Sap-sucking bug being used to fight invaders
By Martin Paul - Senior Reporter
ECOLOGISTS have turned to parasitic bugs and fungi to control invasive plants along the River Tees.
A tiny sap-sucking bug, the psyllid, is being released by the Tees Rivers Trust to tackle Japanese knotweed at control sites along the river, while a rust fungus specific to Himalayan balsam has also been released.
The Trust has 11 Himalayan balsam and five Japanese knotweed biological control sites in the Tees Catchment area, including one at Barnard Castle. Project officer Jennifer Gant said the creation of the sites should allow native plants to reestablish and increase biodiversity.
She added that once the sites are established the biological control agents will naturally spread to other areas affected by Himalayan balsam and Japanese knotweed.
Ms Gant said: “Both the natural and cultural heritage of the River Tees and its tributaries are at risk due to the presence of invasive non-native species. A typical 100m transect of a stretch of the Tees in its middle and lower reaches contains approximately 60 to 100 species of flora and fauna, whereas a similar sized stretch colonised by invasive plants comprises little else other than invasive species such as Japanese knotweed and Himalayan Balsam.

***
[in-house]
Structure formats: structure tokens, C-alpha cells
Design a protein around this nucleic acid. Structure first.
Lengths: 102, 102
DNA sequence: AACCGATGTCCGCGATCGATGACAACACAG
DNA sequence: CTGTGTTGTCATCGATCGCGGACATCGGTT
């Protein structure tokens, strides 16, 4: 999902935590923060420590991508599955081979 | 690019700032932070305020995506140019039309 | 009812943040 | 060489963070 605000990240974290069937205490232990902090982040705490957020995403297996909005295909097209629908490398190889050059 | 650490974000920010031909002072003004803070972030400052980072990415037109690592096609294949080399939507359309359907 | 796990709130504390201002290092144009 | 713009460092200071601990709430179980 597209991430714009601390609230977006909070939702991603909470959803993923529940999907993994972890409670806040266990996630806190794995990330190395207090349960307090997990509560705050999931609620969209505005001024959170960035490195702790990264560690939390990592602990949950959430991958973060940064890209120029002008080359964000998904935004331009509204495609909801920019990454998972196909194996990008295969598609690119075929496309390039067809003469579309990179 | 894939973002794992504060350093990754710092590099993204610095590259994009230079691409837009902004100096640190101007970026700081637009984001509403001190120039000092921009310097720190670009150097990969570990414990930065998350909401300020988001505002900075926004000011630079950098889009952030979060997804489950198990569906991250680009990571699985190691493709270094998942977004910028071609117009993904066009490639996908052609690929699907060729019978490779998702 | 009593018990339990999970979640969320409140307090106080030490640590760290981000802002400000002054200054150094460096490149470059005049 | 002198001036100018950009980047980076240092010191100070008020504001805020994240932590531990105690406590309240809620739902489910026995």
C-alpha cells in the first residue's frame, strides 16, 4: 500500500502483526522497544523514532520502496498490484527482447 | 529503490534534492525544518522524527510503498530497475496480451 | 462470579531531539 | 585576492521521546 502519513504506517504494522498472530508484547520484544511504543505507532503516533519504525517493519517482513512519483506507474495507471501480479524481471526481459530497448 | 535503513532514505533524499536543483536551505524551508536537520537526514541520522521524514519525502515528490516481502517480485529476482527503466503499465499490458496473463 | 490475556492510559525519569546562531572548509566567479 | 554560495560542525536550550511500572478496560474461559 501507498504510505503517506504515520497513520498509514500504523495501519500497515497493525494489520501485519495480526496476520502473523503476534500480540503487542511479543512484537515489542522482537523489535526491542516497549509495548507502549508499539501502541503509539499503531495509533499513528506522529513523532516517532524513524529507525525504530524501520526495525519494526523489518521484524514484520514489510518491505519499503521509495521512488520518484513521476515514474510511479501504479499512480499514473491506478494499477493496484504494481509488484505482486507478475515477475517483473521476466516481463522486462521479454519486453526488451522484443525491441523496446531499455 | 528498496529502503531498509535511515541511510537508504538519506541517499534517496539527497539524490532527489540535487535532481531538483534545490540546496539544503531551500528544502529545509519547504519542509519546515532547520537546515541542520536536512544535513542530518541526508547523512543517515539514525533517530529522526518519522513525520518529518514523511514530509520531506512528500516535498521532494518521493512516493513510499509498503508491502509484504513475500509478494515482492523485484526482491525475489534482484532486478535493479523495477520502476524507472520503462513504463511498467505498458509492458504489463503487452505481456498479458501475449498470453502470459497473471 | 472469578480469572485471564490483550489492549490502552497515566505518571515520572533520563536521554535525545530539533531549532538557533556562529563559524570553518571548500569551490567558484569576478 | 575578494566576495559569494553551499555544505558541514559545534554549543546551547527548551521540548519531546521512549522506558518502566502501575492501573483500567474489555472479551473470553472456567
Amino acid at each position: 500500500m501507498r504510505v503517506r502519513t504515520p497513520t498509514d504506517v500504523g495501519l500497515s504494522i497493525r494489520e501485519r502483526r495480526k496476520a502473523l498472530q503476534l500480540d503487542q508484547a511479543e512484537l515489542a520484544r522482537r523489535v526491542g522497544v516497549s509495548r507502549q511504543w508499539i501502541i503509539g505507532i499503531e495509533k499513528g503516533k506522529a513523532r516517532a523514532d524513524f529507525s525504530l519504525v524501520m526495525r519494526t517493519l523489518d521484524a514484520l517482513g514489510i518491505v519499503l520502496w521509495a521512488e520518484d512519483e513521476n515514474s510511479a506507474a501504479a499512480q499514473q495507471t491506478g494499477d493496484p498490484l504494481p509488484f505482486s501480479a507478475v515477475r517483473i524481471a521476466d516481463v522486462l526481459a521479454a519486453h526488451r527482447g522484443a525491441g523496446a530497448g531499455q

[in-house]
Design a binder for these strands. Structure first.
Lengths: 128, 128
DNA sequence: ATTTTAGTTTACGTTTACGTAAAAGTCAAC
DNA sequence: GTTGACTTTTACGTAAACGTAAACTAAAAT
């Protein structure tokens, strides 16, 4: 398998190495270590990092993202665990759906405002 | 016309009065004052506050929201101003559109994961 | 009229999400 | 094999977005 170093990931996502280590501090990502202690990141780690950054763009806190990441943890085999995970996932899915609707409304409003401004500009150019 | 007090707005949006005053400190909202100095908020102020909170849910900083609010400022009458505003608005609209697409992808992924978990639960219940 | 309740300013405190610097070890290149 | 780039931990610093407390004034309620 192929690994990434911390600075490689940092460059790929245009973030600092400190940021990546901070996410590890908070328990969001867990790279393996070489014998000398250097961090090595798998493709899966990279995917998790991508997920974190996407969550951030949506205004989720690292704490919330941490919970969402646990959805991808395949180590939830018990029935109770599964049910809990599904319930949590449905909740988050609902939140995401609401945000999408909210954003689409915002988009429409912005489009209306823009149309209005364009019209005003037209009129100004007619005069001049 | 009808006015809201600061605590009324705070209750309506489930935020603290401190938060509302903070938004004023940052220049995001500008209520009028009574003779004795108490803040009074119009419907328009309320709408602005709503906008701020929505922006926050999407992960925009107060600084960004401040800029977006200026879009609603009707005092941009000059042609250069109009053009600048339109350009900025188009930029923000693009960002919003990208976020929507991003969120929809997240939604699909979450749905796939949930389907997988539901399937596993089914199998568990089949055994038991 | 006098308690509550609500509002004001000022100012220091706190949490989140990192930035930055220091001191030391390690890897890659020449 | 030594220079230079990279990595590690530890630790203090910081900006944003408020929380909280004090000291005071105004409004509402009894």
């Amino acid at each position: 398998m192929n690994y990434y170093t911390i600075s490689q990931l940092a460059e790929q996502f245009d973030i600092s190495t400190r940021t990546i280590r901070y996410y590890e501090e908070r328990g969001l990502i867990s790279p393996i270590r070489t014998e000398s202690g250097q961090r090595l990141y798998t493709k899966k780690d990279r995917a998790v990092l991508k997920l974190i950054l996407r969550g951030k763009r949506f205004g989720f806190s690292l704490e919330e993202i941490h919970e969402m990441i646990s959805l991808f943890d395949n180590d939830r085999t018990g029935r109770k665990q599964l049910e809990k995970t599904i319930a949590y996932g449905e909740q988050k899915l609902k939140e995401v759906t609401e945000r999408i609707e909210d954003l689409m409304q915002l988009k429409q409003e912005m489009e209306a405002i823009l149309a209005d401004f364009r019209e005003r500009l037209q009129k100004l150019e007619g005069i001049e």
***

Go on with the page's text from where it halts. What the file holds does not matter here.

“These plants also cause issues with riverbank erosion and access, and in the case of Japanese knotweed, damage to property.”
She said the aim of the project is to create a more sustainable, cost-effective and efficient way of controlling the plants, which has traditionally been controlled manually or through chemicals, which had been inadequate in keeping the plants in check.
The project was made possible through £179,000 in funding from the Green Recovery Challenge Fund set up by Defra. The biological control agents were produced by the Centre for Agriculture and Biosciences International (CABI).